PRO TIP: if you don't have buttermilk on hand, save yourself a trip to the grocery just for a small about and make your own buttermilk at home with just 2 ingredients.
- Ensure your warm water is around 100°F to 110°F; too hot or too cold can affect yeast activation, leading to less fluffy biscuits.
- Always use cold butter; this will create pockets in your dough that melt during baking, giving the biscuits their flaky texture. Cube into small pieces before adding to the food processor so that no large chunks have to be cut up - it just makes it a bit easier to incorporate into the dough.
- Handle your dough gently and minimally to ensure your biscuits remain tender and don't become tough.
- When cutting the dough, press straight down without twisting. Twisting can seal the edges, which prevents maximum rise.
- Preheating your cast iron skillet before adding the biscuits can help achieve a beautiful golden crust at the bottom.
- Roll out your dough to about a half-inch thickness for optimal height and fluffiness.
- They work hand-in-hand; the acid in buttermilk activates the baking soda, aiding in leavening. Ensure both are fresh for best results.
Alternatively - you can use a pastry cutter* to mix in the butter with the dry ingredients instead of a food processor if desired. The food processor can make that step just a bit easier and quicker - but both can be done. Just a matter of preference - I do both for all my southern biscuit recipes just depending on my mood TBH haha.
Storing & Freezing
Storing: To keep these angel biscuits fresh, store them in an airtight container or resealable plastic bag at room temperature for up to two days. If you'd like to keep them longer, consider refrigerating them; this will extend their freshness for up to a week. Just be sure to warm them up in the oven or microwave before serving to recreate that just-baked experience. Serve them warm with some butter, honey butter, or strawberry and basil butter for a different flavor and twist!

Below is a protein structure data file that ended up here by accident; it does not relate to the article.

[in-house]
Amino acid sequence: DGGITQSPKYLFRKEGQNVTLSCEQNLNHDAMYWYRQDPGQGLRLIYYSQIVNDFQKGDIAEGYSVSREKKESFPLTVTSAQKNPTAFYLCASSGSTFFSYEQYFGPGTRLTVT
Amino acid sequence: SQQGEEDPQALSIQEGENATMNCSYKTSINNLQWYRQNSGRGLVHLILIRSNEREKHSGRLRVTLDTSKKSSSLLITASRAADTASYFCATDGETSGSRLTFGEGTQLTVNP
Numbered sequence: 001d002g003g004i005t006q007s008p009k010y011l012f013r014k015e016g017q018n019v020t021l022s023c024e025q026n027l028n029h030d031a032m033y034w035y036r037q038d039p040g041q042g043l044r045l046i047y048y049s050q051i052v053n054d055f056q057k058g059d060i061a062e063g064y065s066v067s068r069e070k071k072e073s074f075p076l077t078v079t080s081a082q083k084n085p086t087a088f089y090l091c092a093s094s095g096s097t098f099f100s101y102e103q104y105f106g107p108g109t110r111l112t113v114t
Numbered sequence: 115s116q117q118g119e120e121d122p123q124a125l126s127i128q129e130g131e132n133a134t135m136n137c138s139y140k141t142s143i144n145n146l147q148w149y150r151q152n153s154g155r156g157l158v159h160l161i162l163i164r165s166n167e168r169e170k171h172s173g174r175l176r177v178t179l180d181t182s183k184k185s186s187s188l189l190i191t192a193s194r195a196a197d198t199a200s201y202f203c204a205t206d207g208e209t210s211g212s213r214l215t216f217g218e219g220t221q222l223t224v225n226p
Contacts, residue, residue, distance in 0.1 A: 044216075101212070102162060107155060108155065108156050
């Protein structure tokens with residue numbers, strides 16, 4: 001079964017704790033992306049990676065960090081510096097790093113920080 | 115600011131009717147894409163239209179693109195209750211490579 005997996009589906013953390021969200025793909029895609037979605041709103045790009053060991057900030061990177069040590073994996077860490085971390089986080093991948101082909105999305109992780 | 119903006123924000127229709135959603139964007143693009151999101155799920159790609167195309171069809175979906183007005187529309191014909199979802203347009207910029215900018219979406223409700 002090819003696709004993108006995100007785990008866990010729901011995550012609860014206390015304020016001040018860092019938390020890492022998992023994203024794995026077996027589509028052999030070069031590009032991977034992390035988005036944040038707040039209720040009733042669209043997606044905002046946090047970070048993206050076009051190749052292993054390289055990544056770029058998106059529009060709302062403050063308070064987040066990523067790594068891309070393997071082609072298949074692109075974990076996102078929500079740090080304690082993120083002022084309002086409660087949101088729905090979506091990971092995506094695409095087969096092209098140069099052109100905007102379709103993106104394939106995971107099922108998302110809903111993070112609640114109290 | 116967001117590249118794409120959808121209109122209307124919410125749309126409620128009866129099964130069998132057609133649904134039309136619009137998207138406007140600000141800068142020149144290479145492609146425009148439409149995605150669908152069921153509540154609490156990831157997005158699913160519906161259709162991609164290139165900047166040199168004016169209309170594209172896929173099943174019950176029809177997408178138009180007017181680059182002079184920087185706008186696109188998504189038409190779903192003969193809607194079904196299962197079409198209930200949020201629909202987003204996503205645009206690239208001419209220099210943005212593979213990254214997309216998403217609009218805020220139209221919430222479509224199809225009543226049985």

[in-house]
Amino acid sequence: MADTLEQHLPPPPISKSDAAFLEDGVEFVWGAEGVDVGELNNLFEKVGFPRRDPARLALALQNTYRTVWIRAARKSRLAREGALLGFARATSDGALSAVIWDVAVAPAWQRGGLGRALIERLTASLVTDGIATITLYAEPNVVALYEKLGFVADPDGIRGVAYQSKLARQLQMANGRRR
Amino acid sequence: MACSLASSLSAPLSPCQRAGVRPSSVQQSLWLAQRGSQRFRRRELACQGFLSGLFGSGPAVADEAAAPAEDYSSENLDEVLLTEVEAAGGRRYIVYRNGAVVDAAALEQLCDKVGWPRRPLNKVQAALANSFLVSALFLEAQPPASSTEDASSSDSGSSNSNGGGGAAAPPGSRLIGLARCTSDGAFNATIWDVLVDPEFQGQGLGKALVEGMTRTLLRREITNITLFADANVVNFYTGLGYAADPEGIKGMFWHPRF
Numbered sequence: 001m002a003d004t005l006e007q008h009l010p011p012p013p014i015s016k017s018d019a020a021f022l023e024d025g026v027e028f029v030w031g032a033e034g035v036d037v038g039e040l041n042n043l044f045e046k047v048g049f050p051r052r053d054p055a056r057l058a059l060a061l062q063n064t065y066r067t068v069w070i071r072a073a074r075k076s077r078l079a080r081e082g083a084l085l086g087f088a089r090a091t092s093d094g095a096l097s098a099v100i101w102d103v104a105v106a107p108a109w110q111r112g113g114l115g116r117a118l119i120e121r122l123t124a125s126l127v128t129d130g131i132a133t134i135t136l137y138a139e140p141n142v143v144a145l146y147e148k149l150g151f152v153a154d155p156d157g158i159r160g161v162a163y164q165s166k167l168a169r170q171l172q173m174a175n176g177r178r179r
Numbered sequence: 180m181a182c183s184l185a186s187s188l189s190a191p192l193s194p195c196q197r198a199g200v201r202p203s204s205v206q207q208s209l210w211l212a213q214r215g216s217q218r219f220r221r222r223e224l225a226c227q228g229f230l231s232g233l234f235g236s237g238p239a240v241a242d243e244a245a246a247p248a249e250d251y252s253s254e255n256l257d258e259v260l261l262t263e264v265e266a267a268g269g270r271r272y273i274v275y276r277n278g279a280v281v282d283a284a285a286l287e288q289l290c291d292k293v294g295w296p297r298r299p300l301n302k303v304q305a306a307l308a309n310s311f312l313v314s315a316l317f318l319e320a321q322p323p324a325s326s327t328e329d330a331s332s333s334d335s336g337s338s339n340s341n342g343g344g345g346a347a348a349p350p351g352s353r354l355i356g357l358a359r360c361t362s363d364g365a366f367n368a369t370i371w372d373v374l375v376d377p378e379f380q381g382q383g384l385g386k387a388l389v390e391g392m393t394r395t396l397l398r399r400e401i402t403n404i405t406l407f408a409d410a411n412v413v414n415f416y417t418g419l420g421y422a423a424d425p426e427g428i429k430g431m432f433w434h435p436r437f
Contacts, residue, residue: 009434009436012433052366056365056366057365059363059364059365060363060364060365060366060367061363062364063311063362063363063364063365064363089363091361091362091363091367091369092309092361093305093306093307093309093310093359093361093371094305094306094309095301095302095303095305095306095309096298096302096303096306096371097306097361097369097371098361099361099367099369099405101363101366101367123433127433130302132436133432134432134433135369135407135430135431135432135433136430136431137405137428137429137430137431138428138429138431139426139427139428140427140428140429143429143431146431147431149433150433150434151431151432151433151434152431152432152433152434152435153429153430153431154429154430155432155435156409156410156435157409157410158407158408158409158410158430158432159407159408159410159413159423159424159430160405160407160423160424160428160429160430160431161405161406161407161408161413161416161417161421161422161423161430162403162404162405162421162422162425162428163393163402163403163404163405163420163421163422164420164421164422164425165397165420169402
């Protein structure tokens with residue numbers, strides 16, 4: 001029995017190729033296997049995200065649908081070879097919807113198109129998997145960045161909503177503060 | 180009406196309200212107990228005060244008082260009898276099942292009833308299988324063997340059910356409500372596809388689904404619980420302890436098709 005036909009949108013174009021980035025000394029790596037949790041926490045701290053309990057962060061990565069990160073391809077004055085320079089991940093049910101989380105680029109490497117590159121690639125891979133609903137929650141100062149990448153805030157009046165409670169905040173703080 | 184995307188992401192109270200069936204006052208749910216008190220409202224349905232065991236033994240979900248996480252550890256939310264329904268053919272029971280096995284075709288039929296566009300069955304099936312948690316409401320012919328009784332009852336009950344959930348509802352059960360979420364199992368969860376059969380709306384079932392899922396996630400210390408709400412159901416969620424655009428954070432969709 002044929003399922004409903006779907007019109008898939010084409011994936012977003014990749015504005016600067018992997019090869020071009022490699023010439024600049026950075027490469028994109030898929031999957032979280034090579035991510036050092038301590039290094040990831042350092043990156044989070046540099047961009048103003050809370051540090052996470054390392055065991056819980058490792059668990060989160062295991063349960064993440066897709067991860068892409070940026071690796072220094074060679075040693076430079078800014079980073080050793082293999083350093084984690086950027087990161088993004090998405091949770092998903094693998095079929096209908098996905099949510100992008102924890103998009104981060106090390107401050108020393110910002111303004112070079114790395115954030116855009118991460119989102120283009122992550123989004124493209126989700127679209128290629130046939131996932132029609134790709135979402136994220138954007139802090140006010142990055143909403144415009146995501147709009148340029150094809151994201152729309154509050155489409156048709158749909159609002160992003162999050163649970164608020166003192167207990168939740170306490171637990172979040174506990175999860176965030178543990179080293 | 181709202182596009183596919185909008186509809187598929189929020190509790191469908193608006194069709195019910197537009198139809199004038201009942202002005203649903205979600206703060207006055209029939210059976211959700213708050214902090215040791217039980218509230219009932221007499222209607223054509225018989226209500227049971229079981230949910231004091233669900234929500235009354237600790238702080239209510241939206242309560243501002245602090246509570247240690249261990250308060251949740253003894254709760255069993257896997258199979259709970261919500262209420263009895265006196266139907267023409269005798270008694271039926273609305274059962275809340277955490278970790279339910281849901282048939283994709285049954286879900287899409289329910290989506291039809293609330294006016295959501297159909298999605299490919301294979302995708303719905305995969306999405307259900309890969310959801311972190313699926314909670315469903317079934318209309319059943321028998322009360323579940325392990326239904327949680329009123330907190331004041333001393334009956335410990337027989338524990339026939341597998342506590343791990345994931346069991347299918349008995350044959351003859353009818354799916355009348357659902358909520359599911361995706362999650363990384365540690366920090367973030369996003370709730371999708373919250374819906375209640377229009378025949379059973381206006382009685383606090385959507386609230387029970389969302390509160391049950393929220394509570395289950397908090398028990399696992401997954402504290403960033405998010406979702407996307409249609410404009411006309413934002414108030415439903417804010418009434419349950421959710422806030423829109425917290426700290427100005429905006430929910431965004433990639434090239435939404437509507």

Freezing: Before baking, place the cut-out biscuits on a baking sheet and freeze for about 30 minutes or until just solid. Once frozen, transfer them to a freezer-safe zip-lock bag and store them in the freezer. When you're ready to bake, no need to thaw; simply place them in your preheated oven, adding 2-3 minutes to the original baking time, and you'll have fresh, hot biscuits on demand!
Instant yeast can be directly mixed with the dry ingredients without dissolving it in water first, but the rising time may be a tad quicker, so keep an eye on your dough.
The dough can sometimes be sticky due to various factors, including humidity. Simply sprinkle a bit more flour onto your work surface and the dough as you handle it, but avoid adding too much to retain the biscuits' tender texture.
While a cast iron skillet provides a unique crust, a regular baking tray will work just fine. Place the biscuits close together where they touch.